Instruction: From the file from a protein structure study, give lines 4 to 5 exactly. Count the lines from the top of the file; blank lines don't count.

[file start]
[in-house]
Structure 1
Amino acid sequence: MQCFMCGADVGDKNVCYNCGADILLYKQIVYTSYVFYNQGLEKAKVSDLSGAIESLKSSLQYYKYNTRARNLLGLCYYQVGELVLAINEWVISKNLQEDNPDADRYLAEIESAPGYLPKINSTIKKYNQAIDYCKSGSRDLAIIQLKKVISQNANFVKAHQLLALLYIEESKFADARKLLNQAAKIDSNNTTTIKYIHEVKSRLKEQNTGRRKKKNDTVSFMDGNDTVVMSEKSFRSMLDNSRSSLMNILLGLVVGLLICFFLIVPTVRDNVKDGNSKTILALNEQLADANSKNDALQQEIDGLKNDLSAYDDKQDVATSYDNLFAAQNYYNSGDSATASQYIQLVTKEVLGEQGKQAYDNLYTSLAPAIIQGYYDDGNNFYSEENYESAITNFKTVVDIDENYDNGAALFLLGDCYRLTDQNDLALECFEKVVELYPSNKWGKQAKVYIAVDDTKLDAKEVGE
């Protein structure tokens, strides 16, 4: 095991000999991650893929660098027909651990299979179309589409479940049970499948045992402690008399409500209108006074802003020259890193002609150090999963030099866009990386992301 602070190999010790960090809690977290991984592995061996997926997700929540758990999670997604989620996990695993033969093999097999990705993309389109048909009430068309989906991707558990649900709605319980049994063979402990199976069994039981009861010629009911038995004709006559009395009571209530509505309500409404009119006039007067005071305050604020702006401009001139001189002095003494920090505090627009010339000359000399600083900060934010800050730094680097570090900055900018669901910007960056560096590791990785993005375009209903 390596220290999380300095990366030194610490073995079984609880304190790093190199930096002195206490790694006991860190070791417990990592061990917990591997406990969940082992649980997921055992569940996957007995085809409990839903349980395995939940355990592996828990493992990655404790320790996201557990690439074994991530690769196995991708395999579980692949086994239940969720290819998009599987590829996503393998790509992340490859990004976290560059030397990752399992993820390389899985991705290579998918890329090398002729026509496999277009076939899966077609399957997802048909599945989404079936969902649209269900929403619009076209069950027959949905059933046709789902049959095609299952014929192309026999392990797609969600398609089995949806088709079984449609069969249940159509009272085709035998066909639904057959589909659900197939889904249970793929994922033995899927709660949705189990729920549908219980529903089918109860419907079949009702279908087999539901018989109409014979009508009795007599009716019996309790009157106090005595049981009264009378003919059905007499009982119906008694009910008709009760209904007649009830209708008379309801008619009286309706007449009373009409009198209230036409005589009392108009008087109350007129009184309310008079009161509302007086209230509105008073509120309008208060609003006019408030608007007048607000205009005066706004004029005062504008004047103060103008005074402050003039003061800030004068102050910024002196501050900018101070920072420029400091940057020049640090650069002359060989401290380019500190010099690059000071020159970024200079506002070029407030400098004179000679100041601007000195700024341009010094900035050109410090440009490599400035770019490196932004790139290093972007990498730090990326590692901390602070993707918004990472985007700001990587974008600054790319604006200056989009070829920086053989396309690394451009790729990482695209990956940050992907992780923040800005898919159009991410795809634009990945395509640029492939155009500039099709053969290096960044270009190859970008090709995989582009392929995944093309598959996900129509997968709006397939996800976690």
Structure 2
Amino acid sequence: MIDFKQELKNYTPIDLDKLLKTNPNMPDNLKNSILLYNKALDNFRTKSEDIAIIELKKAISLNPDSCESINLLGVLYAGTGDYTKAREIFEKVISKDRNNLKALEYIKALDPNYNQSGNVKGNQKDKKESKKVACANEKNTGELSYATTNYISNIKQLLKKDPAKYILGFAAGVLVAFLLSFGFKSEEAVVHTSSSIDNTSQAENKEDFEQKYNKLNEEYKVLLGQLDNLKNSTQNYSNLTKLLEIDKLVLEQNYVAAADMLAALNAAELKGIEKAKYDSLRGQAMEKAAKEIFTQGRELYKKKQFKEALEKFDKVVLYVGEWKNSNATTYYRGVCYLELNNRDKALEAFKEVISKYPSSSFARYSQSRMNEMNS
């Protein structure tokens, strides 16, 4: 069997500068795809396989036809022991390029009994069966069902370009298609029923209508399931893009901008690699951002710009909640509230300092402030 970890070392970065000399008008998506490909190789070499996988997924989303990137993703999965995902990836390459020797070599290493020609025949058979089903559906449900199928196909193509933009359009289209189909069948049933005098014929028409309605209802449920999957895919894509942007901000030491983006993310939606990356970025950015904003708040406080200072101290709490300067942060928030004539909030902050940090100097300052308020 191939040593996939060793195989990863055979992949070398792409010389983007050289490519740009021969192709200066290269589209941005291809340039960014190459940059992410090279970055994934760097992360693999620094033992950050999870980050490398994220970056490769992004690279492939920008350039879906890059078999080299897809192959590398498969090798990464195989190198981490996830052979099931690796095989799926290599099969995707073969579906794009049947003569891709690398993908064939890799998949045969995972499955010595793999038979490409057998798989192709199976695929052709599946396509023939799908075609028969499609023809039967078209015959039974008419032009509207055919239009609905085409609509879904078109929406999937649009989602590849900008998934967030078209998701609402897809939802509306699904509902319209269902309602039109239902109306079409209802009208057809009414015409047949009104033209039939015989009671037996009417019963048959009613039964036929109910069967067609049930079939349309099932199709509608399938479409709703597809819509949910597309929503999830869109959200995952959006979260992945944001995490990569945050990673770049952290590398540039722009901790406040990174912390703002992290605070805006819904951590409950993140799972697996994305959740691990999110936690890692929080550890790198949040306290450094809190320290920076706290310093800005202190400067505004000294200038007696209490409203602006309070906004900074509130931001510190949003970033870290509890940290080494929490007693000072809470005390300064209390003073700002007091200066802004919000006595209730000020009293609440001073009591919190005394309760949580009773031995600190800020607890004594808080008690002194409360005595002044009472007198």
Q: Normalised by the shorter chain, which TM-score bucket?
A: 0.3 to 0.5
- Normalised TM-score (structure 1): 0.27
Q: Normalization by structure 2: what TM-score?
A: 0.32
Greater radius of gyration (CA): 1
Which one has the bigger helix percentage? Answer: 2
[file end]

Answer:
């Protein structure tokens, strides 16, 4: 095991000999991650893929660098027909651990299979179309589409479940049970499948045992402690008399409500209108006074802003020259890193002609150090999963030099866009990386992301 602070190999010790960090809690977290991984592995061996997926997700929540758990999670997604989620996990695993033969093999097999990705993309389109048909009430068309989906991707558990649900709605319980049994063979402990199976069994039981009861010629009911038995004709006559009395009571209530509505309500409404009119006039007067005071305050604020702006401009001139001189002095003494920090505090627009010339000359000399600083900060934010800050730094680097570090900055900018669901910007960056560096590791990785993005375009209903 390596220290999380300095990366030194610490073995079984609880304190790093190199930096002195206490790694006991860190070791417990990592061990917990591997406990969940082992649980997921055992569940996957007995085809409990839903349980395995939940355990592996828990493992990655404790320790996201557990690439074994991530690769196995991708395999579980692949086994239940969720290819998009599987590829996503393998790509992340490859990004976290560059030397990752399992993820390389899985991705290579998918890329090398002729026509496999277009076939899966077609399957997802048909599945989404079936969902649209269900929403619009076209069950027959949905059933046709789902049959095609299952014929192309026999392990797609969600398609089995949806088709079984449609069969249940159509009272085709035998066909639904057959589909659900197939889904249970793929994922033995899927709660949705189990729920549908219980529903089918109860419907079949009702279908087999539901018989109409014979009508009795007599009716019996309790009157106090005595049981009264009378003919059905007499009982119906008694009910008709009760209904007649009830209708008379309801008619009286309706007449009373009409009198209230036409005589009392108009008087109350007129009184309310008079009161509302007086209230509105008073509120309008208060609003006019408030608007007048607000205009005066706004004029005062504008004047103060103008005074402050003039003061800030004068102050910024002196501050900018101070920072420029400091940057020049640090650069002359060989401290380019500190010099690059000071020159970024200079506002070029407030400098004179000679100041601007000195700024341009010094900035050109410090440009490599400035770019490196932004790139290093972007990498730090990326590692901390602070993707918004990472985007700001990587974008600054790319604006200056989009070829920086053989396309690394451009790729990482695209990956940050992907992780923040800005898919159009991410795809634009990945395509640029492939155009500039099709053969290096960044270009190859970008090709995989582009392929995944093309598959996900129509997968709006397939996800976690």
Structure 2